NBA

What's the biggest Boston Celtics storyline heading into next season?

NEW ORLEANS, LA - FEBRUARY 14: Kelly Olynyk #41 and Jared Sullinger #7 of Team Webber poses for a portrait prior to the BBVA Compass Rising Stars Challenge 2014 as part of the 2014 NBA All-Star Weekend on February 13, 2014 at House of Blues in New Orleans, Louisiana. NOTE TO USER: User expressly acknowledges and agrees that, by downloading and/or using this Photograph, user is consenting to the terms and conditions of the Getty Images License Agreement. Mandatory Copyright Notice: Copyright 2014 NBAE (Photo by Jennifer Pottheiser/NBAE via Getty Images)

NEW ORLEANS, LA - FEBRUARY 14: Kelly Olynyk #41 and Jared Sullinger #7 of Team Webber poses for a portrait prior to the BBVA Compass Rising Stars Challenge 2014 as part of the 2014 NBA All-Star Weekend on February 13, 2014 at House of Blues in New Orleans, Louisiana. NOTE TO USER: User expressly acknowledges and agrees that, by downloading and/or using this Photograph, user is consenting to the terms and conditions of the Getty Images License Agreement. Mandatory Copyright Notice: Copyright 2014 NBAE (Photo by Jennifer Pottheiser/NBAE via Getty Images)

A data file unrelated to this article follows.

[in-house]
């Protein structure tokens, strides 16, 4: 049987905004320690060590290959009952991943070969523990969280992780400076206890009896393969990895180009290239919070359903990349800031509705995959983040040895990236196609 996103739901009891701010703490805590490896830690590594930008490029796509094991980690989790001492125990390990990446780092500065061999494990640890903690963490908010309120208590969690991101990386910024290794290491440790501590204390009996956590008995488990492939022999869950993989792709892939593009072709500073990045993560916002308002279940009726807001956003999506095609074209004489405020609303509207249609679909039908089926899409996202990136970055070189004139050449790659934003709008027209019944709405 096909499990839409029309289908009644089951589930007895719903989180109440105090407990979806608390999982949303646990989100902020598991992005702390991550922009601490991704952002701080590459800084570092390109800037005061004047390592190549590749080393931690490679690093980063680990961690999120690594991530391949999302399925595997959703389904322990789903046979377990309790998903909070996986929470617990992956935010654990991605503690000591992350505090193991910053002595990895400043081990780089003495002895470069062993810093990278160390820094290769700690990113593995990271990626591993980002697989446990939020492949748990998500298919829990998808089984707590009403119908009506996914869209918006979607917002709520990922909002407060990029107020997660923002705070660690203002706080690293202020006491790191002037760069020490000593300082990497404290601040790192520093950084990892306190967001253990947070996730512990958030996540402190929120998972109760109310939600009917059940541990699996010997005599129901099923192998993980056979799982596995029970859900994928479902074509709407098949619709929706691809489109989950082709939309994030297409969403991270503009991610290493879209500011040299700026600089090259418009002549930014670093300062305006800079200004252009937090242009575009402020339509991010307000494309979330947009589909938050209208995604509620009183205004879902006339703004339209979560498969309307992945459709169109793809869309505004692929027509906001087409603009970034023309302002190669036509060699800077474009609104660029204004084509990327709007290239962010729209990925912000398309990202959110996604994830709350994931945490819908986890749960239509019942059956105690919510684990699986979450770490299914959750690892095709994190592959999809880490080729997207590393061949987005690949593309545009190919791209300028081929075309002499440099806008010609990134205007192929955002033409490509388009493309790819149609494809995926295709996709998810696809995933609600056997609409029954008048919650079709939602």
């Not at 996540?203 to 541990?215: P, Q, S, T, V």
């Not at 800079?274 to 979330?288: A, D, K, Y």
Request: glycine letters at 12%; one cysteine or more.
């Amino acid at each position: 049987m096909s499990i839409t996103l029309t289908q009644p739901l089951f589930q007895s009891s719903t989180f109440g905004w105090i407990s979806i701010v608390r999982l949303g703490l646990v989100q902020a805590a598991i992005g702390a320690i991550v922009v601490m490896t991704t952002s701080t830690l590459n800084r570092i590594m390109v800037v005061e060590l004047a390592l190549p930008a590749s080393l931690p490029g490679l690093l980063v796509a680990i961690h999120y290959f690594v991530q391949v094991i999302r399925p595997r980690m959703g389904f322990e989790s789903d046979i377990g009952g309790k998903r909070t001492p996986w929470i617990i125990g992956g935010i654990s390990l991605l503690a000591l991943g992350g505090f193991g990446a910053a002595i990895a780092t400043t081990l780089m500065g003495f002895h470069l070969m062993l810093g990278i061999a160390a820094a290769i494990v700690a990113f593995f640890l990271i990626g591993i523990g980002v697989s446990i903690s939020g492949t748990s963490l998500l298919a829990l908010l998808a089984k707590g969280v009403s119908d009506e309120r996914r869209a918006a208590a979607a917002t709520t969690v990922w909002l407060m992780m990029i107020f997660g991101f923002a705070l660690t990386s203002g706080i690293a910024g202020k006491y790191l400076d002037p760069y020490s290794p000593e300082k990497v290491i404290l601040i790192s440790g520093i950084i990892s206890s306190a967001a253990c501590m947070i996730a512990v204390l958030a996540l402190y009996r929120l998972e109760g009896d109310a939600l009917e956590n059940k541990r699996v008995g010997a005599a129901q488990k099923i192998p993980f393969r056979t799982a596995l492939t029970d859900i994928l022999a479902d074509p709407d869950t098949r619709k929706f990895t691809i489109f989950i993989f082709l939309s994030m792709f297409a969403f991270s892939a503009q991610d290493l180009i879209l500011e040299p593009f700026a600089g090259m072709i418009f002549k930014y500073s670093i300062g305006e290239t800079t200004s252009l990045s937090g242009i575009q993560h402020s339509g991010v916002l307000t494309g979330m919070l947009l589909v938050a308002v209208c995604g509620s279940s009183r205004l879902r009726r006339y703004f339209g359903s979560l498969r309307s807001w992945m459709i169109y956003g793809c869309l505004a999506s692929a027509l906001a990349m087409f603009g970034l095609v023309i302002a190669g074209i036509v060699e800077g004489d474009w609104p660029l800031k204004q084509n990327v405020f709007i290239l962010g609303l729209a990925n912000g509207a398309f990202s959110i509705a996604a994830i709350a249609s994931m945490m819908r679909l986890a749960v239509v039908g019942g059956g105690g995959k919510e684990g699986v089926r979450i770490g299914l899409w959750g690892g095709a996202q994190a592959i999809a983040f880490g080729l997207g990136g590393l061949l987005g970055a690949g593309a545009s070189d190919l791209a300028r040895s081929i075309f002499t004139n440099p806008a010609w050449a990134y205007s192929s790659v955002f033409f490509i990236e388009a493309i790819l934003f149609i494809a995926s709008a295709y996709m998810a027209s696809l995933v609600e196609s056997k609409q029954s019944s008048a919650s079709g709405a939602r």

The Boston Celtics have several significant story lines, and questions in need of answers, heading into next season. Will the rookies earn playing time? What will Marcus Smart look like? Will a slimmer Jared Sullinger equal a more productive Jared Sullinger?

In the next installment of their ongoing summer forecast, ESPN tries to figure out which questions are bigger than others, and right at the top of their list is how will Brad Stevens handle his frontcourt rotation?

Amir Johnson, Tyler Zeller, David Lee, Jordan Mickey, Jae Crowder, Jonas Jerebko, Sullinger and Kelly Olynyk are all in competition for minutes at center and power forward. Throw in Perry Jones, too, if he makes the team.

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That's crazy crowded. Some of these guys will be fine. Others, like Crowder and Jerebko, should be able to find minutes down a position. But a few won't see the court nearly as often as they want, opening up the possibility that Boston makes a meaningful trade before the deadline.

(h/t: ESPN)